into effect Ft 8 a.m. Mon., June 21,
the first day of summer session.
College of Literature, Science
and the Arts, June 10, 12 noon;
College of Engineering, June 10, 5
p.m.; Law School, June 4, 12 noon;
Medical School, June 4, 5 p.m.;
College of Architecture and De-
sign, June 10, 12 noon; School of
For-stry and Conservation, June
4, 12 noon; School of Music, June
10, 12 noon; College of Pharmacy,
June 4, 12 noon; School of Public
Hlealth, June 5, 12 noon; School of
Dentistry, June 4, 12 noon; School
of Education, June 10, 5 p.m.;
School of Business Administration,
June 8, 5 p.m.
Attention June Graduates: Col-
lege of Literature, Science, and

the Arts, School of Education,
School of Music, School of Public
Health:
Students are advised not to re-
quest grades of I or X in June.
When such grades are absolutely
imperative, the work must be
made up in time to allow your
instructor to report the make-up
grade not later than noon, June
7. Grades received after that time
may defer the student'stgradua-
tion until a later date.
Recommendations for Depart-
mental Iionars: Teaching de-
partments wishing to recommend
tentative June graduates from

posed field of concentration. If
that office does not have your
card, or if you did not list a spe-
cific field, your test results may
be obtained at the Office of the
Academic Counselors, 108 Mason
Hall.
College of L.S.A., Schools of Ed-
ucation and Music: Registration
material for the Summer Session
may now be obtained at the Reg-
istrar's Office, 4 University Hall.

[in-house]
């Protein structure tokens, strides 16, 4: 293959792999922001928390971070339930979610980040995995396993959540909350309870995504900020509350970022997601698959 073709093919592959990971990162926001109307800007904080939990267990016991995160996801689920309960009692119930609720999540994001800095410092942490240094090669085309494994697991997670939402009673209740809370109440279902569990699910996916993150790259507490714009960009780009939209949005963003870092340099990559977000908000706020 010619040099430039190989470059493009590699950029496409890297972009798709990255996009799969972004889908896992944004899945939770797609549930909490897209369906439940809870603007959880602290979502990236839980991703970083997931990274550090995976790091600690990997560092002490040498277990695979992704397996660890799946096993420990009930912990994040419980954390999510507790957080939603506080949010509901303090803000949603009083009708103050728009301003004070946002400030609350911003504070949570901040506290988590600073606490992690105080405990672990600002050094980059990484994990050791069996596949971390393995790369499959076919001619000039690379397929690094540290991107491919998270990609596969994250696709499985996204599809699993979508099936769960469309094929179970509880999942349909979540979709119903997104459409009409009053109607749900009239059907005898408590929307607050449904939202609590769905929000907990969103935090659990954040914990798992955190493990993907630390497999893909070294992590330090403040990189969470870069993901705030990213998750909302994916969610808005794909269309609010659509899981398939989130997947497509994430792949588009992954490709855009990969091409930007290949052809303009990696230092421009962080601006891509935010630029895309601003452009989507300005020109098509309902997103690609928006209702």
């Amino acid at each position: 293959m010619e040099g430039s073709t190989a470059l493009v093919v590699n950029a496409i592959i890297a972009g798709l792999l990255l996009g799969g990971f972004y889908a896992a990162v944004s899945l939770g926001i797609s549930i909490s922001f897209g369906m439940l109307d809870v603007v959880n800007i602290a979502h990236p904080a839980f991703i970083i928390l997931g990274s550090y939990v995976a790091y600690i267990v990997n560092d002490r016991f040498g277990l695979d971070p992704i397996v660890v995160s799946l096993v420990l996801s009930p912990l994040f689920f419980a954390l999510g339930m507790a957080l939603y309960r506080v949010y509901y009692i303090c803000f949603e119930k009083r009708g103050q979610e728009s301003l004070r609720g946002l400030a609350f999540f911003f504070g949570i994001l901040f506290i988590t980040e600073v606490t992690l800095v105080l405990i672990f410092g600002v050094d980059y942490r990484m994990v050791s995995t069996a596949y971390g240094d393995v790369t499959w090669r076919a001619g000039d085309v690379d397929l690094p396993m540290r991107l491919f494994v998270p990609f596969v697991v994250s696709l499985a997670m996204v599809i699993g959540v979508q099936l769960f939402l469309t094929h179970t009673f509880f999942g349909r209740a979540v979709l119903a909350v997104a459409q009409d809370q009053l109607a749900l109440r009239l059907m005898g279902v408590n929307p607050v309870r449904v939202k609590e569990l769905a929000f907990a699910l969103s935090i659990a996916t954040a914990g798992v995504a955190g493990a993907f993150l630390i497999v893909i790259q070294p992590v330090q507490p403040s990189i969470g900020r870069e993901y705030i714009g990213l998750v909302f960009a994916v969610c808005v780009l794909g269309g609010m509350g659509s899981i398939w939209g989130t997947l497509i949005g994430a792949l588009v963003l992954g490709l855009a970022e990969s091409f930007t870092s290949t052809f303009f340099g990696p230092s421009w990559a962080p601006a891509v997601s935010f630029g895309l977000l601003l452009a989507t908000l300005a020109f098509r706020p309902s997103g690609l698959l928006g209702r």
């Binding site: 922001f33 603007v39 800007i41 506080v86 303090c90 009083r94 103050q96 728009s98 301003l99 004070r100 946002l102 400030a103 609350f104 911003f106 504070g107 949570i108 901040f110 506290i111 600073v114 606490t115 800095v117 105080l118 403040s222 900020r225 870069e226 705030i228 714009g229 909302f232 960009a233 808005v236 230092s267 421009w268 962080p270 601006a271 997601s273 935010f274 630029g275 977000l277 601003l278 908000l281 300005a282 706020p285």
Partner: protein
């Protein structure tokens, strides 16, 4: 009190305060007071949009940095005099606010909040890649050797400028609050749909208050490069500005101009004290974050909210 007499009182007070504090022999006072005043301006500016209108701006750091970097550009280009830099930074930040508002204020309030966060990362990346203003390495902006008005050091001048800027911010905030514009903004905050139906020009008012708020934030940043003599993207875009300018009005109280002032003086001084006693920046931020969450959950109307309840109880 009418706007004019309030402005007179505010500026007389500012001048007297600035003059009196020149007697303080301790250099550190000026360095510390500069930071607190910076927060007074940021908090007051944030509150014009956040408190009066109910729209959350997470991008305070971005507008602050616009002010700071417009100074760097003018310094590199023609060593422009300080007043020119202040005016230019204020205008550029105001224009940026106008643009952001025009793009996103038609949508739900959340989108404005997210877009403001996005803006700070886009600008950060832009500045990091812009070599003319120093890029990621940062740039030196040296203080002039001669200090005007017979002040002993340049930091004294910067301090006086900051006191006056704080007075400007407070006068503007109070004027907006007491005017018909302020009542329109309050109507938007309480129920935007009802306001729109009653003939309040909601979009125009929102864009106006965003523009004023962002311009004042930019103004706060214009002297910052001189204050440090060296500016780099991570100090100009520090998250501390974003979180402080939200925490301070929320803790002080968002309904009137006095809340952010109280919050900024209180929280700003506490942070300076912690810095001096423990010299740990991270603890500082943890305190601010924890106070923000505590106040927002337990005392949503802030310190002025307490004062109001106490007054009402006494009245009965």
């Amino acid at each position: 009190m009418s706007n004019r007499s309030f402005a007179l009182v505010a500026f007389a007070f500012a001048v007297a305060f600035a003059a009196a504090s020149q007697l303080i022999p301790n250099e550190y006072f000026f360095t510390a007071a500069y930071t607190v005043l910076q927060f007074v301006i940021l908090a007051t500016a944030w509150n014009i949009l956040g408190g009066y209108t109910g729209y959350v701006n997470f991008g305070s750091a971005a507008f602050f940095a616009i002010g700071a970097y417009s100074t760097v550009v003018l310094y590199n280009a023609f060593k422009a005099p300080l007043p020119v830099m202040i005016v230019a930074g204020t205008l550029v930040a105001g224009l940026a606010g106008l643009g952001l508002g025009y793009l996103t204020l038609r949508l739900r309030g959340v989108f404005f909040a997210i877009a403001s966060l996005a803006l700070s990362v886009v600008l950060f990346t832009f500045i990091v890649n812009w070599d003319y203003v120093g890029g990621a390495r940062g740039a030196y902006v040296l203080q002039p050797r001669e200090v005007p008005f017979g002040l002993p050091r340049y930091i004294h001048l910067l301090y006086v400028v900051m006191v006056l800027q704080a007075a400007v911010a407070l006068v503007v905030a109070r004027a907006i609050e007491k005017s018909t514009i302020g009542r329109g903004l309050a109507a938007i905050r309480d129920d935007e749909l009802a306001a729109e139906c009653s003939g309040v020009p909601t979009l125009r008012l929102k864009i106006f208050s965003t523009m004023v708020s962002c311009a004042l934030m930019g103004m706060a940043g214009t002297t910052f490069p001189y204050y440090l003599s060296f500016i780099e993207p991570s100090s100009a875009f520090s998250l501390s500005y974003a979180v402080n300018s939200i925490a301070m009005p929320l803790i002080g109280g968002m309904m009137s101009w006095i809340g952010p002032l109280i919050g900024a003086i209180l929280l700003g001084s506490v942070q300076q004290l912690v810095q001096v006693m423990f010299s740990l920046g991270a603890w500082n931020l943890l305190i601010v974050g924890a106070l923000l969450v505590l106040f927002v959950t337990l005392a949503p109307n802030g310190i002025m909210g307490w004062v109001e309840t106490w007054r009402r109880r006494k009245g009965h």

Students now in residence present
student's receipt for identification.
College of Engineering: Stu-
dents enrolled for the current
term should call for Summer Term
registration material at Rm. 244,
W. Eng. Bldg., beginning Tues.,
June 1 through Fri., June 4 and
Mon., June 7, from 9 to 12 noon,
and 1:30 to 4:30 p.m.
Closing hours for Women's Resl-
dences:
1) Women students wishing to
be out of their houses overnight
during the final examination pe-
riod may arrange permission with
their house directors. Late permis-
sions, as distinguished from over-
night permission, will be handled
by the Office of the Dean of Wom-
en and will be granted only under
very unusual circumstances.
2) Women students other than
graduating seniors are expected to
be out of their houses not later
than 24 hours after their last ex-
aminations. Graduating seniors
are expected to leave by noon of
Sunday, June 13.
3) There will be no changes in
the closing hours for women's
houses with this exception:
Thursday, June 10, 12:30 a.m.
Notice to Employes enrolled in
Blue Cross Hospital Service Plan:
Effective with the June deduc-
tions from payroll, new rates for
the various plans will be estab-
lished as follows:
Hospital-Surgical Plan
With Ward Service
One Person $2.20; Two Persons
$5.10; Full Family $5.75.
With Semi-Private Service
One Person $2.50; Two Persons
$5.60; Full Family $6.25.
Hospital Plan Only
With Ward Service
One Person $1.50; Two Persons
$3.50.. Full Family $3.50
With Semi-Private Service
One Person $1.80; Two Persons
$4.00; Full Family $4.00.
The American Agricultural
Chemical Company, Detroit, will
have a representative at the Bu-
reau of Appointments Friday af-
ternoon, May 28, to interview men
preferably with a rural or' farm
background who are interested in
a salaried sales position. Call ex-
tension 371 for an appointment.
Students who entered the Hop-
wood Contests should call for their
manuscripts at the Hopwood
Room Fri. afternoon.
Members of the Faculties of
Graduate School, Public Health,
Dentistry, Pharmacy, Engineer-
ing, Education, Architecture, Bus-
inessAdministration, Forestry,
and Music:
In order to aid the faculty in re-
porting grades promptly, drop sta-
tions will be maintained during